This paper discusses some sufficient conditions for oscillatory behavior of even-order half-linear neutral differential equation. An example is given to illustrate the main result.

1. Introduction

In this paper, we investigate the oscillatory behavior of even-order half-linear neutral differential equationwhere is an even integer and with is the ratio of two odd positive integers.

Throughout this paper, we assume that the following conditions are satisfied:

p, q, r and

for all , with and .

By a solution of (1), we mean a function for some which has a property and satisfies (1) on .We consider the solution of (1) on some half-line and satisfy the condition as follows:

Such solutions can be called as oscillatory if it is neither eventually positive nor eventually negative. Otherwise, it is non-oscillatory.

The oscillation problem for neutral differential (1) has been studied by many authors with various techniques. Most of the results are obtained for the case , see [16], , see [7, 8], and , see [2, 5, 6, 812]. The purpose of this paper is to extend the main results for using the Philos function method. Furthermore, the oscillation conditions are obtained in order to make it easy to apply. Also, it is our hope that the present paper will be a good contribution to study the oscillatory behavior of solutions of the even-order neutral differential equations. An example is provided to illustrate the main result.

2. Main Results

To prove our main results, we use the following notations:

We introduce a function class P by following Philos [13]. Let and . We say that the function belongs to the class P, denoted by if(i) for , and on (ii)H has a continuous and nonpositive partial derivative on with respect to the second variable

Theorem 1. Let the conditions hold. Let h, H : G be continuous functions such that H belongs to the class P and

If there exists a positive function such that for some ,for sufficiently large , wherefor some , then every solution of (1) is oscillatory.

Proof. Let be a positive solution of (1). Then, is positive for all . From equation (1), we get thatLet ; then, from (8), we get thatwhich says that is decreasing and does not change its sign which leads to two cases:(I) (II) Now, we consider that Case (I) holds. If , then we obtainwhere . Now, we haveIntegrating the last inequality with respect to , we getAs , we have , and consequently, we see that which is a contradiction.
Now, let us take Case (II).
Since , from Lemma 1 of [5], we have . From the definition of , we see thatThen, (1) becomesWe consider the Riccati transformationWe see that , and from (16), we getFrom (18), we getThe above inequality can be written asMultiplying (19) by and integrating from , we have for some and for all Integrating by parts yieldsSubstituting (5) and (21) into (20), we getNow, by applying the inequality, (22), we getSo, for every , we obtainwhich is a contradiction.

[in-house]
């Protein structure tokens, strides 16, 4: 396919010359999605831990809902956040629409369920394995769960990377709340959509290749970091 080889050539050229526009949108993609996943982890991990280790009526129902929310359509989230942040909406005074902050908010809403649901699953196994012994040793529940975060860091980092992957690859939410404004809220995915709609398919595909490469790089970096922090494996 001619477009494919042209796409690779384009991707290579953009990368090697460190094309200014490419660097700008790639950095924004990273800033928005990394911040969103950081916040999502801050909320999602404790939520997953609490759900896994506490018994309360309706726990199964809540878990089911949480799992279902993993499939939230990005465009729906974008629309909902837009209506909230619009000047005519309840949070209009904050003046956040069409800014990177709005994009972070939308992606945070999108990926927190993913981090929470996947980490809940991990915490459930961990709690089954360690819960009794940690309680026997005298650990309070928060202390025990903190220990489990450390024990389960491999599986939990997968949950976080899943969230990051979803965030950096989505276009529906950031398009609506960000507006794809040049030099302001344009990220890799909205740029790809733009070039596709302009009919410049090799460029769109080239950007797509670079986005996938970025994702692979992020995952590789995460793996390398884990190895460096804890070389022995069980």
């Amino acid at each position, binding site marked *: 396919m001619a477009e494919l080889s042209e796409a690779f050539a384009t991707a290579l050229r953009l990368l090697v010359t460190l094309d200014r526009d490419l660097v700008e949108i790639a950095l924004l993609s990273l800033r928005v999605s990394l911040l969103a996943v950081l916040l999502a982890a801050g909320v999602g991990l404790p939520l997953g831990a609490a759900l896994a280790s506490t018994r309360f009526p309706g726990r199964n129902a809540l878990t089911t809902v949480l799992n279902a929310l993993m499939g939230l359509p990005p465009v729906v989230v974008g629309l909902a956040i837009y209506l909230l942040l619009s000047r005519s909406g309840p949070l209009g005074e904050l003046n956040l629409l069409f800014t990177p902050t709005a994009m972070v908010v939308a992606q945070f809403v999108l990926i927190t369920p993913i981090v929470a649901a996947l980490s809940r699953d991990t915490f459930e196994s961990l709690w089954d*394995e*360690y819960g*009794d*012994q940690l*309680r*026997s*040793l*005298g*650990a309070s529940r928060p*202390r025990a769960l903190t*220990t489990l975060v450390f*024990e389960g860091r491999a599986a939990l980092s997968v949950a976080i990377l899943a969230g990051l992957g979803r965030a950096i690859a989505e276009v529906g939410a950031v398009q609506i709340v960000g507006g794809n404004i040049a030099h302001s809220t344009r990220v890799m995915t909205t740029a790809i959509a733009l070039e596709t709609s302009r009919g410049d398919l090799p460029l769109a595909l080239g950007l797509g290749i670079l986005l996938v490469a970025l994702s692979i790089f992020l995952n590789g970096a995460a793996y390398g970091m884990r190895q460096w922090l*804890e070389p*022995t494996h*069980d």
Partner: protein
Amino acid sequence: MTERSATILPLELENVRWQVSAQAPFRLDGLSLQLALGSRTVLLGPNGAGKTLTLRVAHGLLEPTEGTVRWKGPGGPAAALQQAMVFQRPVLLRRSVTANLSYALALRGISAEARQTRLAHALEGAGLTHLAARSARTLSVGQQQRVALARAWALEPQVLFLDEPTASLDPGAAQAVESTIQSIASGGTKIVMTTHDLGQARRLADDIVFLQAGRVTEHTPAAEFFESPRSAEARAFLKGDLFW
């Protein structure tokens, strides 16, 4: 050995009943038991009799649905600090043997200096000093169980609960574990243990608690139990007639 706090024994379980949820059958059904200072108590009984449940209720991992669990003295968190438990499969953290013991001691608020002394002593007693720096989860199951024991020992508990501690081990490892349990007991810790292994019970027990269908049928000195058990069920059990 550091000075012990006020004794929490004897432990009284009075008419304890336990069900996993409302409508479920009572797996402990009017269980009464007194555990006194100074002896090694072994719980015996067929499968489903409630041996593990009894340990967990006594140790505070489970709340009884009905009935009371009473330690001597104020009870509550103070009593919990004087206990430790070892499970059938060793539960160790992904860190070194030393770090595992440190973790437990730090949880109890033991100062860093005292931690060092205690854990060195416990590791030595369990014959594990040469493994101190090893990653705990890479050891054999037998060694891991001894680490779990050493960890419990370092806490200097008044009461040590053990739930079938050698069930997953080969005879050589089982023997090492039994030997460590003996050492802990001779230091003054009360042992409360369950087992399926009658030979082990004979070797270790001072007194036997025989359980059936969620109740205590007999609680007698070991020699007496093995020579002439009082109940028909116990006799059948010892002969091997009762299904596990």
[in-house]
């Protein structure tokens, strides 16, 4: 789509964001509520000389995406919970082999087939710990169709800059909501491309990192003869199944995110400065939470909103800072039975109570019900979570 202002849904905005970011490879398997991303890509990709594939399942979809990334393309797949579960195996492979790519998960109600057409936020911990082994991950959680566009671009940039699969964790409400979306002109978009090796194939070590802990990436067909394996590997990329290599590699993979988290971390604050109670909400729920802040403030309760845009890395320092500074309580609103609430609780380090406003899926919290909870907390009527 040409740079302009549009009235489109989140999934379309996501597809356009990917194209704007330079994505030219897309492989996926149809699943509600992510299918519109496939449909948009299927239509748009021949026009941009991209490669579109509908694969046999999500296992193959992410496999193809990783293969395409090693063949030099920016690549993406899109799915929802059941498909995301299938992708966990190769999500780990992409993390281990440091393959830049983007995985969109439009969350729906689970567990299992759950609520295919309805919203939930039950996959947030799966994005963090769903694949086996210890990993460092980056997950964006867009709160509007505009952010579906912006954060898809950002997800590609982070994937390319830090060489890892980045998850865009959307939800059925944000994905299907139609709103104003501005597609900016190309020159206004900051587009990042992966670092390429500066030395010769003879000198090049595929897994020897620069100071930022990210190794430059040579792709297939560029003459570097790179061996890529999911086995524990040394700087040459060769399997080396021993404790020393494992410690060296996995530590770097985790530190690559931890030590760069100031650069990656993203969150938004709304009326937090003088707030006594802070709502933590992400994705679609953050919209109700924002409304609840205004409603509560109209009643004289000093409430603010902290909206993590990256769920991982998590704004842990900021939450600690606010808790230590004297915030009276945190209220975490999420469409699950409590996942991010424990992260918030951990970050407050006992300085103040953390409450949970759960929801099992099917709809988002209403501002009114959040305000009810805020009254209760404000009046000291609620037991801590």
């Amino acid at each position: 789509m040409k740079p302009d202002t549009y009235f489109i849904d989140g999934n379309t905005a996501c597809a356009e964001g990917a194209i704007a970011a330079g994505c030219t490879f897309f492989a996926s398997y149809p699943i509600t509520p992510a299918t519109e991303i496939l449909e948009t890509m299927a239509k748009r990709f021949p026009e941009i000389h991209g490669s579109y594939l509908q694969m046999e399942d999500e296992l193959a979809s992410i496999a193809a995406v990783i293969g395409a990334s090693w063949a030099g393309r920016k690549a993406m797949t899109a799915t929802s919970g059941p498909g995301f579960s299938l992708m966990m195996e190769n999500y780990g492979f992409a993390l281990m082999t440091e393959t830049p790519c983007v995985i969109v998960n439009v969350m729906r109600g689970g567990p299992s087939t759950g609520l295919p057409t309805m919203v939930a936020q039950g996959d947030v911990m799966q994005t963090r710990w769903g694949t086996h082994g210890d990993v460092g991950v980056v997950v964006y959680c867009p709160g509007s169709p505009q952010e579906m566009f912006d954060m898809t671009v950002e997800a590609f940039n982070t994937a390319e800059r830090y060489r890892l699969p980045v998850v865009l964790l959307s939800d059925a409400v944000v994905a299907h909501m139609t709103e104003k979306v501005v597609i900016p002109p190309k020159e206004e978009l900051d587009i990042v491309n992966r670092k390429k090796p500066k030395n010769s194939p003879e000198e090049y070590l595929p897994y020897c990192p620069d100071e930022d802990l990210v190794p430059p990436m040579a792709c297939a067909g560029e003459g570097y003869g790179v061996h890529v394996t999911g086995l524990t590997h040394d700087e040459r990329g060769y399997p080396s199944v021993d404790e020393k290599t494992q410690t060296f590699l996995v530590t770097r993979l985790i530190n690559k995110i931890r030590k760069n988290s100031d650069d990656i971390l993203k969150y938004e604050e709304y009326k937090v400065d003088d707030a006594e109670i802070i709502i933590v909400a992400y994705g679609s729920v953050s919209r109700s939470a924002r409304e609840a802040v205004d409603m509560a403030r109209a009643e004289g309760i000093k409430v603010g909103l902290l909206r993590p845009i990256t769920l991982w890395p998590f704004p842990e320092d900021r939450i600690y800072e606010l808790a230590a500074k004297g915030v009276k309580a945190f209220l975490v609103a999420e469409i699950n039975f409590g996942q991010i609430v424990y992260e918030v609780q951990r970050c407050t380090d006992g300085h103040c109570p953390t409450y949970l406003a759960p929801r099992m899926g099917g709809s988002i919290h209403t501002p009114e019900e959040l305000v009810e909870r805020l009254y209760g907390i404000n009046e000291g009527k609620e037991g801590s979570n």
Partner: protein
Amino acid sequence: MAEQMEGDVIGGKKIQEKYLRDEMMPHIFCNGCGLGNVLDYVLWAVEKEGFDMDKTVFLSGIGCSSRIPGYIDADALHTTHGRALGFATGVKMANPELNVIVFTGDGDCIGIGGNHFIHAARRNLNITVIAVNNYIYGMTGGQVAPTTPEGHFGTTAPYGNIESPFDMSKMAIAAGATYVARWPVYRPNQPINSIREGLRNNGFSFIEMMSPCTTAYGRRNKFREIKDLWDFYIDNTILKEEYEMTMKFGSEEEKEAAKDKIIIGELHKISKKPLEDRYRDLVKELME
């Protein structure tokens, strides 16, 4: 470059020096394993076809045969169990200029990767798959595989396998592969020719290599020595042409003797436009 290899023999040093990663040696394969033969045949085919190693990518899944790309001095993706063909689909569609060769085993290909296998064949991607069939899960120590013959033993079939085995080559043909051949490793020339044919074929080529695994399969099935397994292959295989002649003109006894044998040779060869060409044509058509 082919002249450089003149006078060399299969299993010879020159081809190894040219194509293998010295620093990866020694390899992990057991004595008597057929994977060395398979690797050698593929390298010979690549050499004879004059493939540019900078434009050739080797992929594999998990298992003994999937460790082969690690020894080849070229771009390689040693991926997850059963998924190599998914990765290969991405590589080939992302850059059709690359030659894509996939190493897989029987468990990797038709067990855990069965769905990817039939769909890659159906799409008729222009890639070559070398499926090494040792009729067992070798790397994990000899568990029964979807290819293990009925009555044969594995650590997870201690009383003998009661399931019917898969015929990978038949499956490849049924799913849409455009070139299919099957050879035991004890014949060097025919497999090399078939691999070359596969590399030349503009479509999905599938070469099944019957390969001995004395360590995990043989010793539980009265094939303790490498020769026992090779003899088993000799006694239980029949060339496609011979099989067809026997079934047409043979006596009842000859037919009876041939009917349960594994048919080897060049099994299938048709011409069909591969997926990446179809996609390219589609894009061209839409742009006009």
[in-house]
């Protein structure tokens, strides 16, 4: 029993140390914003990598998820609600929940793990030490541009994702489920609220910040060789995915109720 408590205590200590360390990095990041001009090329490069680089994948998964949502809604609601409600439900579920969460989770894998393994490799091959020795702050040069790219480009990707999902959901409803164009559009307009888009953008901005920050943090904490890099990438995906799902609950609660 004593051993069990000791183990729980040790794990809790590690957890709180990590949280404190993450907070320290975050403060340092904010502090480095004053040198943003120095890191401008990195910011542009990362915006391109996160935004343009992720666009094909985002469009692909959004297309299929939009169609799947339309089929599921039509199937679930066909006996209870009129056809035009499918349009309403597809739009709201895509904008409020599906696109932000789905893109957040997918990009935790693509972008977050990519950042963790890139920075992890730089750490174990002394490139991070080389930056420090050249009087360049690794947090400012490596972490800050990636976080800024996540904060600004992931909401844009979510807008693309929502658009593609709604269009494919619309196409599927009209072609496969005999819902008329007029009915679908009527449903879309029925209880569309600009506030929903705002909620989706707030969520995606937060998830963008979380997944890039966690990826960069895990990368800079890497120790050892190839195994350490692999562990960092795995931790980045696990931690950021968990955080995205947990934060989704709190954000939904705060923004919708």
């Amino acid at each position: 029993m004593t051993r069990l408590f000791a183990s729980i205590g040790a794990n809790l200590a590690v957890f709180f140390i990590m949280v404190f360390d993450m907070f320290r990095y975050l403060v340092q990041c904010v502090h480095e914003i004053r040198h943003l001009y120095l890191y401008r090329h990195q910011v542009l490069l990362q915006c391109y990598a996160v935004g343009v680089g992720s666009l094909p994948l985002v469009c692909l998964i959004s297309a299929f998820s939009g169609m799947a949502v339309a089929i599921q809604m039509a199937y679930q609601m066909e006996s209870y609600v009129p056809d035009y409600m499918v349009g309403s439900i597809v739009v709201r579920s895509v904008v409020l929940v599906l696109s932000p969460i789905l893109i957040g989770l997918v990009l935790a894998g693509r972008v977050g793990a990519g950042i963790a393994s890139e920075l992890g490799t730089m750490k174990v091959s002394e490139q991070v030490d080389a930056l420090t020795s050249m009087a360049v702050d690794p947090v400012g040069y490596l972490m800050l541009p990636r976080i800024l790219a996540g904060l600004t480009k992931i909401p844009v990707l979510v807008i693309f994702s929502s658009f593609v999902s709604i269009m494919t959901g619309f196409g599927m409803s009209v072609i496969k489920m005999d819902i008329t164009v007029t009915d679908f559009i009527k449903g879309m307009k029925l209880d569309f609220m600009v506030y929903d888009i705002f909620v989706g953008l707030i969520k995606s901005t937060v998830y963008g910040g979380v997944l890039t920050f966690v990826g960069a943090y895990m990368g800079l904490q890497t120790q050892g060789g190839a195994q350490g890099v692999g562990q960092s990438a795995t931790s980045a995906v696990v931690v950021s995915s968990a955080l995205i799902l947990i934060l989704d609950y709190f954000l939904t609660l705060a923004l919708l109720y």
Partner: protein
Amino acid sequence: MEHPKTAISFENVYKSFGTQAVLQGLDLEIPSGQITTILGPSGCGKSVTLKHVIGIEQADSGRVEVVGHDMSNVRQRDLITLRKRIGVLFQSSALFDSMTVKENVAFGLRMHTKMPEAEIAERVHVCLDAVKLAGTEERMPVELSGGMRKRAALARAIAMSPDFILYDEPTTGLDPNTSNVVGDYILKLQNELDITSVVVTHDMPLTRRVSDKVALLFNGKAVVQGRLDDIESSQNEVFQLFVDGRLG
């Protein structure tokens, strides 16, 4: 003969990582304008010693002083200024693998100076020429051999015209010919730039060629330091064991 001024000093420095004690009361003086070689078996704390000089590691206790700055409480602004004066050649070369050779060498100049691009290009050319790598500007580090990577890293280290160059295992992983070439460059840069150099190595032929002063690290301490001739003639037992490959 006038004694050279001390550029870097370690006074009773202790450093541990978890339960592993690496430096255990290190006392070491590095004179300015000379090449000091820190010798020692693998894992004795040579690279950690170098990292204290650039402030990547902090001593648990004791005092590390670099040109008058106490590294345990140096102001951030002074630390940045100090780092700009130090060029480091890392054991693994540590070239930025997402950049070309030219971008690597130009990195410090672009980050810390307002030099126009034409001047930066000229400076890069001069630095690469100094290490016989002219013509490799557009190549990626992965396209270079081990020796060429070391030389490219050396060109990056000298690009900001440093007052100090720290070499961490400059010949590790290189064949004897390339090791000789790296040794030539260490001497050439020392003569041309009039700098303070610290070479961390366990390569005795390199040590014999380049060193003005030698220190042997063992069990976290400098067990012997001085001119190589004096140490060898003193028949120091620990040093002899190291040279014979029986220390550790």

Next, oscillation result follows immediately from Theorem 1.

Corollary 1. Let the assumptions of Theorem 1 be holded except that the condition (4) is replaced by

Then, every solution of (1) is oscillatory.

Theorem 2. Let the conditions and (2) be satisfied. Let H and h be same as in Theorem 1. We suppose that

If there exist functions and such that for some for all sufficiently large and all , where and are as in Theorem 1 and , then every solution of (1) is oscillatory.

Proof. Let be a non-oscillatory solution of (1), say and for for some . Proceeding as in the proof of Theorem 1, we again have two cases:(I) (II) For , if Case (I) holds proceeding as in the proof of Theorem 1, we obtain a contradiction to the positivity of y.
Next, we assume case (II) holds, proceeding as in the proof of Theorem 1; we again arrive at (23), which can be written as .From (29), we haveIn view of (27), it follows from (30) thatfor all for any . Then, for all ,Now, we claim thatIf not, thenBy (26), there exists a constant such thatOn the other hand, by virtue of (35) for any positive number , there exists such thatUsing integration by parts and taking (37) into account, we conclude that for all ,It follows from (36) thatand hence, there exists such thatFrom the latter inequality and (32), we see thatSince is an arbitrary positive constant, we obtainwhich contradicts (33). Thus, (34) should hold and so by (32), we havewhich contradicts (28). This completes the proof of the theorem.

Theorem 3. Let all the conditions of Theorem 2 be satisfied except the condition (21) be replaced withthen every solution of (1) is oscillatory.

Proof. The proof easily follows from the fact thatHence the proof is complete.

3. Example

In this section, we provide an example to illustrate the main result.

Example 1. We consider the fourth-order neutral delay differential equationwhere .

Hence, we have .

Simple calculation shows that by taking , that .

Letting , we see that , and

We choose , and the condition (46) becomes

Hence, all conditions of Theorem 1 are satisfied, and therefore, every solution of (46) is oscillatory.

It is noted that the conditions of Corollary 1 are not satisfied, and hence, Theorem 1 improves Corollary 1.

4. Conclusion

In this paper, we have obtained criteria for the oscillation of all solutions of (1) using the Philos type method. An example is provided to illustrate the main result. It will be of interest to study the equation under the condition [14].

It is also interesting to extend the results of this paper to stochastic type neutral differential equations and differential equations with impulses, see [15, 16].

Data Availability

No data were used to support this study.

Conflicts of Interest

The authors declare that they have no conflicts of interest.